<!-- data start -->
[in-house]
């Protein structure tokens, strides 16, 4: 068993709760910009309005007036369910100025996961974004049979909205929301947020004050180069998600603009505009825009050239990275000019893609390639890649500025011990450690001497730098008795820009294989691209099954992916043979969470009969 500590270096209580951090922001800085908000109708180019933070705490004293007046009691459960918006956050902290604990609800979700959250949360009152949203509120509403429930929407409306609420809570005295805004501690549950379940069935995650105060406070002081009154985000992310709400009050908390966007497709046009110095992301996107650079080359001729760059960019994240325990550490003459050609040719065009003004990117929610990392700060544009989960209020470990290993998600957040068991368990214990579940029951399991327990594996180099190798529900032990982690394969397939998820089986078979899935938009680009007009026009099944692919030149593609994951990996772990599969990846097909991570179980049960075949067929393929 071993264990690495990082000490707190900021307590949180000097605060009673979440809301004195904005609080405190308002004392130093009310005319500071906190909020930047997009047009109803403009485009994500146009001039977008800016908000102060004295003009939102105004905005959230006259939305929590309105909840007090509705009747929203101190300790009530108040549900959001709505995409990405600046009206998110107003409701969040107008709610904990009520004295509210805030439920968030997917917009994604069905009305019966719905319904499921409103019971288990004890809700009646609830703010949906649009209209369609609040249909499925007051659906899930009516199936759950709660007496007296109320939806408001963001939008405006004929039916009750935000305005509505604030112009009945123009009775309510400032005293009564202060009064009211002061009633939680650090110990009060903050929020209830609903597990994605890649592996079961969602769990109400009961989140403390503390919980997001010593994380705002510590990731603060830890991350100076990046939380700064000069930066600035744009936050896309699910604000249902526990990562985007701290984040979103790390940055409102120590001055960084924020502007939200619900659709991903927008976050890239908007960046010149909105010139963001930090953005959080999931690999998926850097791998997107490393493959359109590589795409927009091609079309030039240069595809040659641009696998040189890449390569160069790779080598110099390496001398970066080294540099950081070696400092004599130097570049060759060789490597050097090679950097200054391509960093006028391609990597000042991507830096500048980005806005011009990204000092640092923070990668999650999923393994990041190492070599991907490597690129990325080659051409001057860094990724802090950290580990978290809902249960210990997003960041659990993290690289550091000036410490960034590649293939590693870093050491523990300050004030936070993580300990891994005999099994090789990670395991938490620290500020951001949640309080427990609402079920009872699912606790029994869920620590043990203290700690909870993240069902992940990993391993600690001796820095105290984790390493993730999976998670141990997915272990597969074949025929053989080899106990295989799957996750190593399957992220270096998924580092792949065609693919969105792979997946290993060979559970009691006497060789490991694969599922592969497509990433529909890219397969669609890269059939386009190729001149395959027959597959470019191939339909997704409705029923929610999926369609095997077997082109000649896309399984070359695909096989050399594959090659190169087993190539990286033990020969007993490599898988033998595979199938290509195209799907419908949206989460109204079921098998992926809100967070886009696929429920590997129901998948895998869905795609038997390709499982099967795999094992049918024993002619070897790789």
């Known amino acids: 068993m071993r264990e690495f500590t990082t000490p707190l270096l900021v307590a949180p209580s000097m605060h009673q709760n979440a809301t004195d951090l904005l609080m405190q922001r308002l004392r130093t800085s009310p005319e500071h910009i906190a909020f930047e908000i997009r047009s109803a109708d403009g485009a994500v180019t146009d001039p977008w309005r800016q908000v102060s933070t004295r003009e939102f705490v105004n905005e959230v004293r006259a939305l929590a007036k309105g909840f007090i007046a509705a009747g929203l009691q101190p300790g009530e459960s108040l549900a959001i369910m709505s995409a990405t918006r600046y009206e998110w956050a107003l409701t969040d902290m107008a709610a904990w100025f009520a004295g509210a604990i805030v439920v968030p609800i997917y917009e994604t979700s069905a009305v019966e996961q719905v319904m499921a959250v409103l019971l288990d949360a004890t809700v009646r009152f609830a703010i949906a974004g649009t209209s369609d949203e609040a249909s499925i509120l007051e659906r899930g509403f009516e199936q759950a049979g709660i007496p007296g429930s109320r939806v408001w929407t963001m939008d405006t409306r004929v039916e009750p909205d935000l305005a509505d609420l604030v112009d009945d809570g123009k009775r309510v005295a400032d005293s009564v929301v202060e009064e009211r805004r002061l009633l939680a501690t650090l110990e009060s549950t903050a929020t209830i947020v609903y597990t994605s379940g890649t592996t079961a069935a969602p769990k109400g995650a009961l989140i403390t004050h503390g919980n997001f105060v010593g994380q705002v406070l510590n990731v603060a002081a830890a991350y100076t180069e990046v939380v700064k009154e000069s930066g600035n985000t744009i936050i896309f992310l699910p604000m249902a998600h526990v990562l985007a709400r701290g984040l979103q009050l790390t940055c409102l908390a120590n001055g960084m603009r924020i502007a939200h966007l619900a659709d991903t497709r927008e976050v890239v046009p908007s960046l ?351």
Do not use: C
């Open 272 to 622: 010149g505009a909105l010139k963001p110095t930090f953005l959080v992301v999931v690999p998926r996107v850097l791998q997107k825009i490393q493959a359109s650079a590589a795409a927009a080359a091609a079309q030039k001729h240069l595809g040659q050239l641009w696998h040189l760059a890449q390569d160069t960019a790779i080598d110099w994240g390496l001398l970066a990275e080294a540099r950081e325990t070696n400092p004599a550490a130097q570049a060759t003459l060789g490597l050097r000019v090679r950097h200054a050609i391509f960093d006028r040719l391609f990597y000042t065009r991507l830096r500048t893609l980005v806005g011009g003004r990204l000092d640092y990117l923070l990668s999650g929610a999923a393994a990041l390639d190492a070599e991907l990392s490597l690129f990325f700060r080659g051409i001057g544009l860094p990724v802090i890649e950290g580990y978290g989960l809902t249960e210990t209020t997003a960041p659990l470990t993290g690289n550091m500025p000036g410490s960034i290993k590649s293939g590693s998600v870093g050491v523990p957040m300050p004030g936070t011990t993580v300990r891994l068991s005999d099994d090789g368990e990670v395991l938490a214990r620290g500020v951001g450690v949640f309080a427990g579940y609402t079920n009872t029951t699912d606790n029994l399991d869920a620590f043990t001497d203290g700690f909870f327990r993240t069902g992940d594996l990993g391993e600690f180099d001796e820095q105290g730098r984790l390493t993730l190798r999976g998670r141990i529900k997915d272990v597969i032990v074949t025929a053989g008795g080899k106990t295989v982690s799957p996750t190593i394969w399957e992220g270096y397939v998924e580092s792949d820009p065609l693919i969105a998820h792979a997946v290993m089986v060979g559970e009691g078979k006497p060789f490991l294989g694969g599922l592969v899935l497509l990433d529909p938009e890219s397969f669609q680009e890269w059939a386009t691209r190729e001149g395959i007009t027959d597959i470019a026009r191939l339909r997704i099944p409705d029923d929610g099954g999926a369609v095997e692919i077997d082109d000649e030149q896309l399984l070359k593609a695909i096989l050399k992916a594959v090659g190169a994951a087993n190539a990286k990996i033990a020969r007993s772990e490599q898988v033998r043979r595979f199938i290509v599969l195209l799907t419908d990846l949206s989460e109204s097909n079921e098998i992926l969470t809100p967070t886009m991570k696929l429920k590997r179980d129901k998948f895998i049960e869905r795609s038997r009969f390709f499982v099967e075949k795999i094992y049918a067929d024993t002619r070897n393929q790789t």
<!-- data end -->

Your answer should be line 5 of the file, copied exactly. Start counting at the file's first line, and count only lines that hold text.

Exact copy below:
């Open 272 to 622: 010149g505009a909105l010139k963001p110095t930090f953005l959080v992301v999931v690999p998926r996107v850097l791998q997107k825009i490393q493959a359109s650079a590589a795409a927009a080359a091609a079309q030039k001729h240069l595809g040659q050239l641009w696998h040189l760059a890449q390569d160069t960019a790779i080598d110099w994240g390496l001398l970066a990275e080294a540099r950081e325990t070696n400092p004599a550490a130097q570049a060759t003459l060789g490597l050097r000019v090679r950097h200054a050609i391509f960093d006028r040719l391609f990597y000042t065009r991507l830096r500048t893609l980005v806005g011009g003004r990204l000092d640092y990117l923070l990668s999650g929610a999923a393994a990041l390639d190492a070599e991907l990392s490597l690129f990325f700060r080659g051409i001057g544009l860094p990724v802090i890649e950290g580990y978290g989960l809902t249960e210990t209020t997003a960041p659990l470990t993290g690289n550091m500025p000036g410490s960034i290993k590649s293939g590693s998600v870093g050491v523990p957040m300050p004030g936070t011990t993580v300990r891994l068991s005999d099994d090789g368990e990670v395991l938490a214990r620290g500020v951001g450690v949640f309080a427990g579940y609402t079920n009872t029951t699912d606790n029994l399991d869920a620590f043990t001497d203290g700690f909870f327990r993240t069902g992940d594996l990993g391993e600690f180099d001796e820095q105290g730098r984790l390493t993730l190798r999976g998670r141990i529900k997915d272990v597969i032990v074949t025929a053989g008795g080899k106990t295989v982690s799957p996750t190593i394969w399957e992220g270096y397939v998924e580092s792949d820009p065609l693919i969105a998820h792979a997946v290993m089986v060979g559970e009691g078979k006497p060789f490991l294989g694969g599922l592969v899935l497509l990433d529909p938009e890219s397969f669609q680009e890269w059939a386009t691209r190729e001149g395959i007009t027959d597959i470019a026009r191939l339909r997704i099944p409705d029923d929610g099954g999926a369609v095997e692919i077997d082109d000649e030149q896309l399984l070359k593609a695909i096989l050399k992916a594959v090659g190169a994951a087993n190539a990286k990996i033990a020969r007993s772990e490599q898988v033998r043979r595979f199938i290509v599969l195209l799907t419908d990846l949206s989460e109204s097909n079921e098998i992926l969470t809100p967070t886009m991570k696929l429920k590997r179980d129901k998948f895998i049960e869905r795609s038997r009969f390709f499982v099967e075949k795999i094992y049918a067929d024993t002619r070897n393929q790789t």